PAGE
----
Statistical Analysis of Data
Statistical analysis were performed with the SPSS 11.5 computer program (2003). The results were expressed as Mean±SEM. Significant differences between groups were analyzed by paired t test. The significance of the results was ascertained at p<0.05.


The mean levels of whole blood MDA, plasma GR (p<0.001) and GPx (p<0.01) were increased and erythrocyte SOD (p<0.01) and CAT (p<0.001) activity levels were decreased whereas whole blood GSH level was not found to be different in animals on day 7 (Table 1).

Table 1: Effects of deltamethrin treatment on levels of MDA and GSH concentration in whole blood and CAT, SOD and GPx, GR activities in erythrocyte and plasma (Mean±SEM)
**p<0.01, ***p<0.001. In the same line values with different stars show statistically significant differences in whole blood MDA, erythrocyte CAT, plasma GR (p<0.001), GPx and erythrocyte SOD (p<0.01)

Table 2: Effects of deltamethrin treatment on levels of AOA, NOx, ALT, AST and ALP in plasma (Mean±SEM)
*p<0.05. In the same line values with show star statistically significant difference in plasma NOx (p<0.05)

The mean levels of AOA, AST, ALT and ALP were not found to be different in animals. However, plasma NOx level was found to be higher (p<0.05) on day 7 in Table 2.


Lipid peroxidation is the process of oxidative degradation of polyunsaturated fatty acids and its occurrence in biological membranes causes impaired membrane function, decrease in membrane fluidity and inactivation of a several membrane bound enzymes. Therefore, deltamethrin metabolized with enzymes in liver and may cause injury of liver (Gutteridge and Halliwell, 2000). Yousef et al. (2006) reported that oral exposure of deltamethrin (1.28 mg kg-1 b.wt.) following a 30 days significantly induced plasma thiobarbituric acid-reactive substances in male rats. Similarly, Yarsan et al. (2002) reported that MDA levels increased in deltamethrin groups were given at orally 1.5, 2.5 or 7.5 mg kg-1 b.wt., especially for the subchronic and chronic periods in mice. Consequently, in this study, MDA was found to be high level in Anatolian water buffaloes on day 7. The GSH is responsible for the cellular antioxidant defenses and acts as an essential cofactor for antioxidant enzymes including the GSH peroxidases (Cathcart, 1985). In this study, pour-on deltamethrin treatment did not affect GSH activity.

The antioxidant enzymes SOD, CAT, GPx and GR limit the effects of oxidant molecules on tissues and active in the defense against oxidative cell injury by means of their being free radical scavenger (Kyle et al., 1987). These enzymes work together to scavenger active oxygen species and these concentrations may have a dramatic effect on the resistance of cellular lipids, proteins and DNA to oxidative damage (Mates and Jimenez, 1999). Yarsan et al. (2002) reported that GPx, SOD and CAT activities were decreased at high doses (7.5 mg kg-1 b.wt.) of deltamethrin in mice erythrocytes. In this study, SOD and CAT activity were decreased in Anatolian water buffaloes on day 7. These data suggest that low level of SOD and CAT activity might be related to the consumption of these enzymes to cope with this increased oxidative stress. However, GPx and GR activity were increased in Anatolian water buffaloes on day 7. The increased activities of GPx and GR suggest that free radical scavenging process in the cell are generally cooperative as reductase and peroxidase combine to metabolize H2O2.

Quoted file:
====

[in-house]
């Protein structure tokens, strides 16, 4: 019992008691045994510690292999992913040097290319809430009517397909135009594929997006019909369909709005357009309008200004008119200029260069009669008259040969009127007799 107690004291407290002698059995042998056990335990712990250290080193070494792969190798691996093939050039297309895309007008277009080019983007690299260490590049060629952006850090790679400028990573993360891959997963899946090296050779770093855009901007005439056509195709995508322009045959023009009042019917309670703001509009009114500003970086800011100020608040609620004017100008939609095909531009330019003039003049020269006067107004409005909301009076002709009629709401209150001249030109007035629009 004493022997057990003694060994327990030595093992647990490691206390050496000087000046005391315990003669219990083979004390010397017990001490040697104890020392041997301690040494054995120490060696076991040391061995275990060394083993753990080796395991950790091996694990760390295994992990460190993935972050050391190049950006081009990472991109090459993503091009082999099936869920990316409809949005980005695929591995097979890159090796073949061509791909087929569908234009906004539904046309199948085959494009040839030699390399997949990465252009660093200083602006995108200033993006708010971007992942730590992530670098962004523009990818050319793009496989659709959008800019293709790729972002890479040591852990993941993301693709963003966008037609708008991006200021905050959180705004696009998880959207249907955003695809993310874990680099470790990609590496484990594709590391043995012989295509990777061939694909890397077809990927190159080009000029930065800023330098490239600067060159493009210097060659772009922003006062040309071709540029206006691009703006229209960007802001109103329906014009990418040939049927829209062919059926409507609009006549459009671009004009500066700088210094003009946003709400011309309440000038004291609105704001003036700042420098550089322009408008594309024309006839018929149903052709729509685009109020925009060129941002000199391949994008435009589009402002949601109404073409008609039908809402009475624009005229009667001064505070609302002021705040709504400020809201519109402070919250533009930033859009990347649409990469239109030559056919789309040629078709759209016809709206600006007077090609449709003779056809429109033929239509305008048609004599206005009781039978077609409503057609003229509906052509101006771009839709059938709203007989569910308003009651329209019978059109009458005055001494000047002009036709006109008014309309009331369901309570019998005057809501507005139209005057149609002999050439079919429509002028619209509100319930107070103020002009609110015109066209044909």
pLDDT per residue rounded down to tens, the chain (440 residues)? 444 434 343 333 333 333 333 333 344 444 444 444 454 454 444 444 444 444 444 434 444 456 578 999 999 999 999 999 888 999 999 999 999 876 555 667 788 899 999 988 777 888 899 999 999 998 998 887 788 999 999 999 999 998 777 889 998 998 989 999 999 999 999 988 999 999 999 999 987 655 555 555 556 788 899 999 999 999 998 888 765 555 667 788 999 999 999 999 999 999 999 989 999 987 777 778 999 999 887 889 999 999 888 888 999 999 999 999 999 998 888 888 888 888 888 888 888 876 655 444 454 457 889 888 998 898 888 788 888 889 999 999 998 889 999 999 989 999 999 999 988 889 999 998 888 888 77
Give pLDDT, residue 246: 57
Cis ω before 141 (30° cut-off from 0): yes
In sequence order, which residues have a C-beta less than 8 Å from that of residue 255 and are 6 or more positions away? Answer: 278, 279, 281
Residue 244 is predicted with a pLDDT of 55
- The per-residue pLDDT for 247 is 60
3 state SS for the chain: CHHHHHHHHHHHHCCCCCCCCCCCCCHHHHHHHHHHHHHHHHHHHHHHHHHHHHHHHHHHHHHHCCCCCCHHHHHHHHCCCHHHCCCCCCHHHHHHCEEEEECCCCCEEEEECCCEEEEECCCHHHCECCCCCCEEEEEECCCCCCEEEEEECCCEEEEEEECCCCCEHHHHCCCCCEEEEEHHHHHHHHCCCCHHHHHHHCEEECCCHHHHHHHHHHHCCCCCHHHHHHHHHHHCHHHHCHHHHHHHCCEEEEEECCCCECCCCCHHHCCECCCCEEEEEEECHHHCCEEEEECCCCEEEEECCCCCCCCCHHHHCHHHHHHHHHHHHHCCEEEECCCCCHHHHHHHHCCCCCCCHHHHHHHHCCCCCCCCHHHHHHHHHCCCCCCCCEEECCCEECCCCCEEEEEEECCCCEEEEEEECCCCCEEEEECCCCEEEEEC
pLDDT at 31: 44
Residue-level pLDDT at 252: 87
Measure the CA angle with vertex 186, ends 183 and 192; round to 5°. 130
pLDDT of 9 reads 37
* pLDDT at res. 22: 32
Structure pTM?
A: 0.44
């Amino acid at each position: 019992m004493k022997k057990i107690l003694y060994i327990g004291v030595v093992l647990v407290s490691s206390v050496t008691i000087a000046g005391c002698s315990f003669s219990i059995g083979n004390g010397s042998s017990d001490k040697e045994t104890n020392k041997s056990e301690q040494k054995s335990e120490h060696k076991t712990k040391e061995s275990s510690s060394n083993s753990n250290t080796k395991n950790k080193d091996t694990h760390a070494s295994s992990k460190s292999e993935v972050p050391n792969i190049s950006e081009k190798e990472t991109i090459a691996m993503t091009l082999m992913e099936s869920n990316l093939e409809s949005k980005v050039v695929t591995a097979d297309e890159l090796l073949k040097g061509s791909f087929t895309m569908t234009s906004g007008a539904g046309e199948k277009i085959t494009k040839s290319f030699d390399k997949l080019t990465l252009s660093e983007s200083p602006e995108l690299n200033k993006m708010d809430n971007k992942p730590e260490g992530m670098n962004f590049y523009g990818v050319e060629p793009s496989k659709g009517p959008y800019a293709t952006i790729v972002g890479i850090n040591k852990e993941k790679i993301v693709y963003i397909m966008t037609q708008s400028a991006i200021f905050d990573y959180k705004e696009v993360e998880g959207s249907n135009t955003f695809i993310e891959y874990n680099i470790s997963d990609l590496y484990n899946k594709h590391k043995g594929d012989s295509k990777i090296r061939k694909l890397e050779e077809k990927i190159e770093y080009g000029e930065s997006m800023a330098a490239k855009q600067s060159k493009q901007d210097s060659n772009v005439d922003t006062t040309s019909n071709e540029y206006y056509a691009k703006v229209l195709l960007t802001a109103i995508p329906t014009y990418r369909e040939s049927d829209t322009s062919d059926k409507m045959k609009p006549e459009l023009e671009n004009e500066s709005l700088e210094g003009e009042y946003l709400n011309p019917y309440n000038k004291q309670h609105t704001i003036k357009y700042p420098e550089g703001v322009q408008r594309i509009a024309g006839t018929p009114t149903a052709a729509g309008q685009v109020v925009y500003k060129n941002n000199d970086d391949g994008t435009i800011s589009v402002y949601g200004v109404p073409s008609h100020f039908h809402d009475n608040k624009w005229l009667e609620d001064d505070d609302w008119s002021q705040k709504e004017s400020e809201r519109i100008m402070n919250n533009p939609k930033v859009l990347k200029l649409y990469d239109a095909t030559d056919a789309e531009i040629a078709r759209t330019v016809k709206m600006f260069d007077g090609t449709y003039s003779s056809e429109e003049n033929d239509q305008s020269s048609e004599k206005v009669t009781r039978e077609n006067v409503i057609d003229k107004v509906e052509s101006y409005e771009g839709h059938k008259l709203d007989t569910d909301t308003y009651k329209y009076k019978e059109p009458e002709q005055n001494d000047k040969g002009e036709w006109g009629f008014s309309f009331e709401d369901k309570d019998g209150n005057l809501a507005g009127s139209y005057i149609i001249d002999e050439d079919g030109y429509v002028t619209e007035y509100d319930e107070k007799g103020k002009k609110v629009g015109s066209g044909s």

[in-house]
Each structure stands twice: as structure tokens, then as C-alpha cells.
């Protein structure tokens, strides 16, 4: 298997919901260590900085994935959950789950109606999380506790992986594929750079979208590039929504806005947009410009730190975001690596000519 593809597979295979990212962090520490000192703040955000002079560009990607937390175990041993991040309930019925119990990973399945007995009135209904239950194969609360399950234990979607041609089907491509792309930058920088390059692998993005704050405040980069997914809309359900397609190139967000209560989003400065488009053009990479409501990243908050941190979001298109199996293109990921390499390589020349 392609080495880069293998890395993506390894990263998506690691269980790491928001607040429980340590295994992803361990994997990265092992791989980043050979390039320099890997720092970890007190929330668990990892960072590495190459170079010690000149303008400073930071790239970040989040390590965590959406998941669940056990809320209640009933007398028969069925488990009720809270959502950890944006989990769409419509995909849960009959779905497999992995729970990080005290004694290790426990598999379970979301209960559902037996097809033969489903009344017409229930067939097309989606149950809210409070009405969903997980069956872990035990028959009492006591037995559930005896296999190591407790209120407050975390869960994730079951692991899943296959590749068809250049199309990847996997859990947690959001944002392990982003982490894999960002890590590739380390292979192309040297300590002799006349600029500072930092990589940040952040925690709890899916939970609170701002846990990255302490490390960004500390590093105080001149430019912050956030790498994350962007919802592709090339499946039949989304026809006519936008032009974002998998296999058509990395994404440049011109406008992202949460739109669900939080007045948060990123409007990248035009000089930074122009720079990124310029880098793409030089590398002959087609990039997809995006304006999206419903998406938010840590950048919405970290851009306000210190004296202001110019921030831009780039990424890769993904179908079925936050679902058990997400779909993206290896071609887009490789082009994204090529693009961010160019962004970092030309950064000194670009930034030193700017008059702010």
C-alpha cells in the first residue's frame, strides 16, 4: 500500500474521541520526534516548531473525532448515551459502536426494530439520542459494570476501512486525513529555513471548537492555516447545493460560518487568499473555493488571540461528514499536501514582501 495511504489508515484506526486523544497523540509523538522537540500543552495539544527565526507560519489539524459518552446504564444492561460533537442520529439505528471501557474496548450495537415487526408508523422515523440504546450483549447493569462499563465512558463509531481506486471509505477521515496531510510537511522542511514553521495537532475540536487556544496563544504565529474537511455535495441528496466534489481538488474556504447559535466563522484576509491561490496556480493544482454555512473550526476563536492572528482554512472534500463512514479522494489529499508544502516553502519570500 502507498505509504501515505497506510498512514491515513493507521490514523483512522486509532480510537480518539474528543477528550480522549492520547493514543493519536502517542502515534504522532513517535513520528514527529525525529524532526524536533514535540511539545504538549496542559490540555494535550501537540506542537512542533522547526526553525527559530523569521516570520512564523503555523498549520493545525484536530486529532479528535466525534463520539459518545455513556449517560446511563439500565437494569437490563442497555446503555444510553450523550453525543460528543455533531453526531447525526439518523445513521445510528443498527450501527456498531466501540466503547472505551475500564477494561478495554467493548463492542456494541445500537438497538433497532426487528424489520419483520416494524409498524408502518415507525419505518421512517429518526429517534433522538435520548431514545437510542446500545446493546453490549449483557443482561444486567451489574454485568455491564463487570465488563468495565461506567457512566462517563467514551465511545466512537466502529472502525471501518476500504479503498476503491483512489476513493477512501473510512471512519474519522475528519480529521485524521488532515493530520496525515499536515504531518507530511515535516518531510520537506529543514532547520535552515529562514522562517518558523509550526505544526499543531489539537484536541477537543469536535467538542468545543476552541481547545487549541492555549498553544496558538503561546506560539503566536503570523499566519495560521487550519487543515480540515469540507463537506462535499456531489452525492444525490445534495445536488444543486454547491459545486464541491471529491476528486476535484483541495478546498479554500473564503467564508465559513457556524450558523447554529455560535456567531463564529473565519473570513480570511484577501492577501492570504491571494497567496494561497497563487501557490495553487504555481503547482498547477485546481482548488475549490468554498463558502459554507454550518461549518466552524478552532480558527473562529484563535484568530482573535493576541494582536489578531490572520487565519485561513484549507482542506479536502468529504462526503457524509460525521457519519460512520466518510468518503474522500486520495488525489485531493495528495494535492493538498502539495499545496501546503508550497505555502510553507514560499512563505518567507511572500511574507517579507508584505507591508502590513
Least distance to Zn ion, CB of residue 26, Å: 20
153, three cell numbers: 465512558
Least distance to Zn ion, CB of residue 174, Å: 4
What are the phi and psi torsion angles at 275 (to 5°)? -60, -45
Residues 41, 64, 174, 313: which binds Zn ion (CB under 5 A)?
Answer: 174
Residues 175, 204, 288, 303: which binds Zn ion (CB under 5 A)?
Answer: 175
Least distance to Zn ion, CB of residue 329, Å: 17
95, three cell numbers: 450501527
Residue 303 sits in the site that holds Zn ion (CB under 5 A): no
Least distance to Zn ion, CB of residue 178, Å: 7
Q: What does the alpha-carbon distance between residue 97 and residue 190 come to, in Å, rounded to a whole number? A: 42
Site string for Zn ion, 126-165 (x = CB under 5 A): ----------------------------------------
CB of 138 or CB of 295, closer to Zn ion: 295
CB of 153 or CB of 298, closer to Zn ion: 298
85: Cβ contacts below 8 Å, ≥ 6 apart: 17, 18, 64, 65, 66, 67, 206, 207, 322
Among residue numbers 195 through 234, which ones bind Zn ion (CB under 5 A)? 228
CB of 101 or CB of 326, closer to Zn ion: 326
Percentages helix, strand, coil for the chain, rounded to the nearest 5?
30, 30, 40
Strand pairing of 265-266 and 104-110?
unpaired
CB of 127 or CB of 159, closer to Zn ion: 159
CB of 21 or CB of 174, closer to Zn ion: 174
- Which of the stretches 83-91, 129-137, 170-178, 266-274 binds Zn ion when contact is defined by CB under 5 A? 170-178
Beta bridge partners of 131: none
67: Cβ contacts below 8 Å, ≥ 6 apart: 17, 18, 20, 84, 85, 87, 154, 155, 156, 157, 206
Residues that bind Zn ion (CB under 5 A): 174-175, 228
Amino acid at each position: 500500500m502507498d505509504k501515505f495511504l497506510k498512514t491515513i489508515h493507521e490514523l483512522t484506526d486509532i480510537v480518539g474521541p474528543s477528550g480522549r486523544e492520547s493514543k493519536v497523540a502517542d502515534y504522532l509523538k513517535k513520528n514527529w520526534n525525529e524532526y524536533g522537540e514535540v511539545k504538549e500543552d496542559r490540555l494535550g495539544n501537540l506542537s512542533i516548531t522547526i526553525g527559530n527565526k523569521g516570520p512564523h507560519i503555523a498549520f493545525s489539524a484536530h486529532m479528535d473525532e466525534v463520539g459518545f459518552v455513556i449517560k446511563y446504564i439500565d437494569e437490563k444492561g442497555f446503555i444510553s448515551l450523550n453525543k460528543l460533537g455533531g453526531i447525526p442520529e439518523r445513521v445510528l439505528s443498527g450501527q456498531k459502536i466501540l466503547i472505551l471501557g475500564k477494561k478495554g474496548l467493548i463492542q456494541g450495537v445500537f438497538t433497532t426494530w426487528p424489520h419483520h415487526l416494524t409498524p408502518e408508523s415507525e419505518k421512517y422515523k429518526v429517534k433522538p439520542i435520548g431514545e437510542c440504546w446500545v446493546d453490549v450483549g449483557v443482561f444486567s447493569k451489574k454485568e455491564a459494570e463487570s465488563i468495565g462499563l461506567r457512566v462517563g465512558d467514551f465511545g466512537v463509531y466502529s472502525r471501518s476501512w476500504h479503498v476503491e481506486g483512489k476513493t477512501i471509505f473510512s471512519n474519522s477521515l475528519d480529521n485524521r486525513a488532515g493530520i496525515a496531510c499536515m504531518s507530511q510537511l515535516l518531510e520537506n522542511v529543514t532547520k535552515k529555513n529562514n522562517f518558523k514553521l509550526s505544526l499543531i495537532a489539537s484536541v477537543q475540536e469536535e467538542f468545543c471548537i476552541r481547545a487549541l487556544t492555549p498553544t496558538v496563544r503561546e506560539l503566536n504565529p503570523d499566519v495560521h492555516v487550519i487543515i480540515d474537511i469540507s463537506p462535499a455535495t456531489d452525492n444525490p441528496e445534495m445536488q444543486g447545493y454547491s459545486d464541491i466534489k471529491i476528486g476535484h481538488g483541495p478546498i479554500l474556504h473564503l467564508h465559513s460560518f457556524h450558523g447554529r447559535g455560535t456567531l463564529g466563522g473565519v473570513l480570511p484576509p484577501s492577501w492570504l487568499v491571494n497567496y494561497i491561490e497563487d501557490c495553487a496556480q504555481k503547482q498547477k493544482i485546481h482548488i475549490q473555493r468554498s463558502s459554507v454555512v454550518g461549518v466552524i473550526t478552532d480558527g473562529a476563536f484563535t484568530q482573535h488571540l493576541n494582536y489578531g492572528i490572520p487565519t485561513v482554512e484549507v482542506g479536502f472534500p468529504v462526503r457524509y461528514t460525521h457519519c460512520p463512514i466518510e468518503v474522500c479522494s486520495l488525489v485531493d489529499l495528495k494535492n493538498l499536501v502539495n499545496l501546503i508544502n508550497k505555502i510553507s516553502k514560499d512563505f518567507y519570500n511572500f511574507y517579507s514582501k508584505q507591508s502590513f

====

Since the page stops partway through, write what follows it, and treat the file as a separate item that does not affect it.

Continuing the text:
Antioxidant capacity is an important factor for all physiological standards in animals (Draper et al., 1986; Prior and Cao, 1999). This study showed that deltamethrin treatment unchanged plasma antioxidant capacity in Anatolian water buffaloes on day 7. El-Gohary et al. (1999) reported that administration of deltamethrin (1 mg kg-1 daily for 21 days) to rats resulted in characteristic DNA migration patterns and the plasma levels of both NO and lipid peroxides measured as MDA were found to be significantly increased in deltamethrin treated animals. They also suggest that deltamethrin induced testicular apoptosis is mediated by NO. In the present study, deltamethrin treatment increased plasma NOx level in Anatolian water buffaloes.

The increase in the activities of liver enzymes (AST, ALP and ALT) in plasma is indicative for liver damage and thus causes alteration in liver function (Yousef et al., 2006). Awad et al. (1998) reported that cell damage exhibited good correlation with the enzyme leakage. Hence, cellular damage caused by toxic substances is frequently accompanied by increasing cell membrane permeability. In the present study pour-on deltamethrin treatment did not affect on plasma AST, ALP and ALT levels. This result may indicate that pour-on deltamethrin treatment does not affect plasma AST, ALP and ALT levels in Anatolian water buffaloes.

According to these data, it can be concluded that short period deltamethrin treatment by pour-on route may damage antioxidant status in Anatolian water buffaloes. Moreover, future studies should be carried out to understand the underlying mechanisms involved in a long term effects profile of deltamethrin in Anatolian water buffaloes.